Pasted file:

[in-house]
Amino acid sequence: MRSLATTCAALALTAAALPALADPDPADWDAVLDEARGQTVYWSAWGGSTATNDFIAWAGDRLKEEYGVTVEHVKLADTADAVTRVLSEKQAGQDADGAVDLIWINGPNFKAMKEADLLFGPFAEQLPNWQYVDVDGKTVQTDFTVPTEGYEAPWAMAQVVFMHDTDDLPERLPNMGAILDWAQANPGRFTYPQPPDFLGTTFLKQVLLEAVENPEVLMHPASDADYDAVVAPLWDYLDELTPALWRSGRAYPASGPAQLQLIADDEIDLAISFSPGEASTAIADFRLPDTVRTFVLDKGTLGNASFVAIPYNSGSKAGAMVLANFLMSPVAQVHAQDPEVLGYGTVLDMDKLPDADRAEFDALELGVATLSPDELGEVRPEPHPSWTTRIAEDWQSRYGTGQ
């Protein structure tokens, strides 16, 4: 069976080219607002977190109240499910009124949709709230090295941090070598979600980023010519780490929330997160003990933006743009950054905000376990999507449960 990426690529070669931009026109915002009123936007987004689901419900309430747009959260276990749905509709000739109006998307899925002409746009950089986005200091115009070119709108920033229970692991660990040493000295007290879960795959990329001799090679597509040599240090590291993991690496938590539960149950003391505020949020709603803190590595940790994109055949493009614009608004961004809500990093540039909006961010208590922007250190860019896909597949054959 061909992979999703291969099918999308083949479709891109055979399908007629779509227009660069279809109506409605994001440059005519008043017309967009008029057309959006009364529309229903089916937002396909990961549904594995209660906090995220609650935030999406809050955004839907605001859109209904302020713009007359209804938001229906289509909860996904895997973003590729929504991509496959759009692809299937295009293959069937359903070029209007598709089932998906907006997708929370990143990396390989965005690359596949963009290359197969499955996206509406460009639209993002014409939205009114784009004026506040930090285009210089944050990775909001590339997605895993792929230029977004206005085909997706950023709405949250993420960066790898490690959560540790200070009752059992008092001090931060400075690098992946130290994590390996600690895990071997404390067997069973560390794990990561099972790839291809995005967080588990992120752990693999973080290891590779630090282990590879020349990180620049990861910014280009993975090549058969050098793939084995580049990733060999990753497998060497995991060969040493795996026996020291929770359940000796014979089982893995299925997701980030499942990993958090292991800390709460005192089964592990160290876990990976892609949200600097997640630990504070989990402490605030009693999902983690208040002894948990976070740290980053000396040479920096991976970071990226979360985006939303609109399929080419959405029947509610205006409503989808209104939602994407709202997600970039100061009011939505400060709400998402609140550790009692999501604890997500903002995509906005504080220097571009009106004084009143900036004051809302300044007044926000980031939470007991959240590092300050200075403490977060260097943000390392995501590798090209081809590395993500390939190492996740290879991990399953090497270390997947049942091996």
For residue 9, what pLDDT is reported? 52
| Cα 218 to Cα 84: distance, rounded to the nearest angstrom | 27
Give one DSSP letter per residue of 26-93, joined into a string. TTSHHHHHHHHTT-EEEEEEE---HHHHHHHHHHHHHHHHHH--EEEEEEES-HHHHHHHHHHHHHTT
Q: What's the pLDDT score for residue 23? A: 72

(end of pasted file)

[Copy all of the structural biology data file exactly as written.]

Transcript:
[in-house]
Amino acid sequence: MRSLATTCAALALTAAALPALADPDPADWDAVLDEARGQTVYWSAWGGSTATNDFIAWAGDRLKEEYGVTVEHVKLADTADAVTRVLSEKQAGQDADGAVDLIWINGPNFKAMKEADLLFGPFAEQLPNWQYVDVDGKTVQTDFTVPTEGYEAPWAMAQVVFMHDTDDLPERLPNMGAILDWAQANPGRFTYPQPPDFLGTTFLKQVLLEAVENPEVLMHPASDADYDAVVAPLWDYLDELTPALWRSGRAYPASGPAQLQLIADDEIDLAISFSPGEASTAIADFRLPDTVRTFVLDKGTLGNASFVAIPYNSGSKAGAMVLANFLMSPVAQVHAQDPEVLGYGTVLDMDKLPDADRAEFDALELGVATLSPDELGEVRPEPHPSWTTRIAEDWQSRYGTGQ
């Protein structure tokens, strides 16, 4: 069976080219607002977190109240499910009124949709709230090295941090070598979600980023010519780490929330997160003990933006743009950054905000376990999507449960 990426690529070669931009026109915002009123936007987004689901419900309430747009959260276990749905509709000739109006998307899925002409746009950089986005200091115009070119709108920033229970692991660990040493000295007290879960795959990329001799090679597509040599240090590291993991690496938590539960149950003391505020949020709603803190590595940790994109055949493009614009608004961004809500990093540039909006961010208590922007250190860019896909597949054959 061909992979999703291969099918999308083949479709891109055979399908007629779509227009660069279809109506409605994001440059005519008043017309967009008029057309959006009364529309229903089916937002396909990961549904594995209660906090995220609650935030999406809050955004839907605001859109209904302020713009007359209804938001229906289509909860996904895997973003590729929504991509496959759009692809299937295009293959069937359903070029209007598709089932998906907006997708929370990143990396390989965005690359596949963009290359197969499955996206509406460009639209993002014409939205009114784009004026506040930090285009210089944050990775909001590339997605895993792929230029977004206005085909997706950023709405949250993420960066790898490690959560540790200070009752059992008092001090931060400075690098992946130290994590390996600690895990071997404390067997069973560390794990990561099972790839291809995005967080588990992120752990693999973080290891590779630090282990590879020349990180620049990861910014280009993975090549058969050098793939084995580049990733060999990753497998060497995991060969040493795996026996020291929770359940000796014979089982893995299925997701980030499942990993958090292991800390709460005192089964592990160290876990990976892609949200600097997640630990504070989990402490605030009693999902983690208040002894948990976070740290980053000396040479920096991976970071990226979360985006939303609109399929080419959405029947509610205006409503989808209104939602994407709202997600970039100061009011939505400060709400998402609140550790009692999501604890997500903002995509906005504080220097571009009106004084009143900036004051809302300044007044926000980031939470007991959240590092300050200075403490977060260097943000390392995501590798090209081809590395993500390939190492996740290879991990399953090497270390997947049942091996």
For residue 9, what pLDDT is reported? 52
| Cα 218 to Cα 84: distance, rounded to the nearest angstrom | 27
Give one DSSP letter per residue of 26-93, joined into a string. TTSHHHHHHHHTT-EEEEEEE---HHHHHHHHHHHHHHHHHH--EEEEEEES-HHHHHHHHHHHHHTT
Q: What's the pLDDT score for residue 23? A: 72